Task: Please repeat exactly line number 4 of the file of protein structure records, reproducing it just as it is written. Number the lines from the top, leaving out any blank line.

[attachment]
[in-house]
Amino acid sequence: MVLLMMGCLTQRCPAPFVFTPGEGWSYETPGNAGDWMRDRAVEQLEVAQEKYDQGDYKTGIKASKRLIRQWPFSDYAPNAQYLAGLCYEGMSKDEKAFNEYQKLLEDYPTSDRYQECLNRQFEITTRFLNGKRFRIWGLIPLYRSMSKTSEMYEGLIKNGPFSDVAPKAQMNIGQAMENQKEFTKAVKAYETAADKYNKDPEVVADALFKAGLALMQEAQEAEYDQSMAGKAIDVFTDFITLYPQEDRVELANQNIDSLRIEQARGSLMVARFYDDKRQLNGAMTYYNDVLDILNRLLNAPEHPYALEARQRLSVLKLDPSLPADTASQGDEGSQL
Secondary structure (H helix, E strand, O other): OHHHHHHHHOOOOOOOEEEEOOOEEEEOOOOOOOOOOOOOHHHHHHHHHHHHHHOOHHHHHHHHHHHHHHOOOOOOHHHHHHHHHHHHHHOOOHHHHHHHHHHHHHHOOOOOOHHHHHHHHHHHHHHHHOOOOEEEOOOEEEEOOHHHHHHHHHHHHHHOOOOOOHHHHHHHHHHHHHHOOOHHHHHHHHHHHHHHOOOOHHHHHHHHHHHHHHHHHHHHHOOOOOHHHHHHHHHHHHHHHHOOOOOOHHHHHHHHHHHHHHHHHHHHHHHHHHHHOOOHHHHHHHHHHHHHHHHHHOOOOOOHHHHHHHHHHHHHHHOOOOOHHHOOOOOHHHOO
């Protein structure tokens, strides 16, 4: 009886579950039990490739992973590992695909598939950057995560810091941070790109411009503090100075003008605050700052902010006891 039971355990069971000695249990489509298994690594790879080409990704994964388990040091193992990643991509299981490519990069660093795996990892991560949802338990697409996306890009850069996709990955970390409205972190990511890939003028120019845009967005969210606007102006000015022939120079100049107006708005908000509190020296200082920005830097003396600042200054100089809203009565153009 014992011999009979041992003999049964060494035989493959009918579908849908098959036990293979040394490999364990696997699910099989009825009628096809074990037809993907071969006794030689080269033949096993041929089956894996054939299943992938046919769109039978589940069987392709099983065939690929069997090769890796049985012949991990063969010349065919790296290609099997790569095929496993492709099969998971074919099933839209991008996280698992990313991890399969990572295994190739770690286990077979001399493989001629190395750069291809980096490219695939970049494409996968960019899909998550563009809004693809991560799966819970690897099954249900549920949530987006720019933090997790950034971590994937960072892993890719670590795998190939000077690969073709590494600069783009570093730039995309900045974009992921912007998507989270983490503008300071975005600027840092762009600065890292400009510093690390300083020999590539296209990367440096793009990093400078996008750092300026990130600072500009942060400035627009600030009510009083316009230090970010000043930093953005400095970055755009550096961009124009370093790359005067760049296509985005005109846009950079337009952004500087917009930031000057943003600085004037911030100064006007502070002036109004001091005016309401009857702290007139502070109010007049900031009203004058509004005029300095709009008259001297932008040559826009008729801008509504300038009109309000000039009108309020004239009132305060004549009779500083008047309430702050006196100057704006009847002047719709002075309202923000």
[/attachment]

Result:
């Protein structure tokens, strides 16, 4: 009886579950039990490739992973590992695909598939950057995560810091941070790109411009503090100075003008605050700052902010006891 039971355990069971000695249990489509298994690594790879080409990704994964388990040091193992990643991509299981490519990069660093795996990892991560949802338990697409996306890009850069996709990955970390409205972190990511890939003028120019845009967005969210606007102006000015022939120079100049107006708005908000509190020296200082920005830097003396600042200054100089809203009565153009 014992011999009979041992003999049964060494035989493959009918579908849908098959036990293979040394490999364990696997699910099989009825009628096809074990037809993907071969006794030689080269033949096993041929089956894996054939299943992938046919769109039978589940069987392709099983065939690929069997090769890796049985012949991990063969010349065919790296290609099997790569095929496993492709099969998971074919099933839209991008996280698992990313991890399969990572295994190739770690286990077979001399493989001629190395750069291809980096490219695939970049494409996968960019899909998550563009809004693809991560799966819970690897099954249900549920949530987006720019933090997790950034971590994937960072892993890719670590795998190939000077690969073709590494600069783009570093730039995309900045974009992921912007998507989270983490503008300071975005600027840092762009600065890292400009510093690390300083020999590539296209990367440096793009990093400078996008750092300026990130600072500009942060400035627009600030009510009083316009230090970010000043930093953005400095970055755009550096961009124009370093790359005067760049296509985005005109846009950079337009952004500087917009930031000057943003600085004037911030100064006007502070002036109004001091005016309401009857702290007139502070109010007049900031009203004058509004005029300095709009008259001297932008040559826009008729801008509504300038009109309000000039009108309020004239009132305060004549009779500083008047309430702050006196100057704006009847002047719709002075309202923000």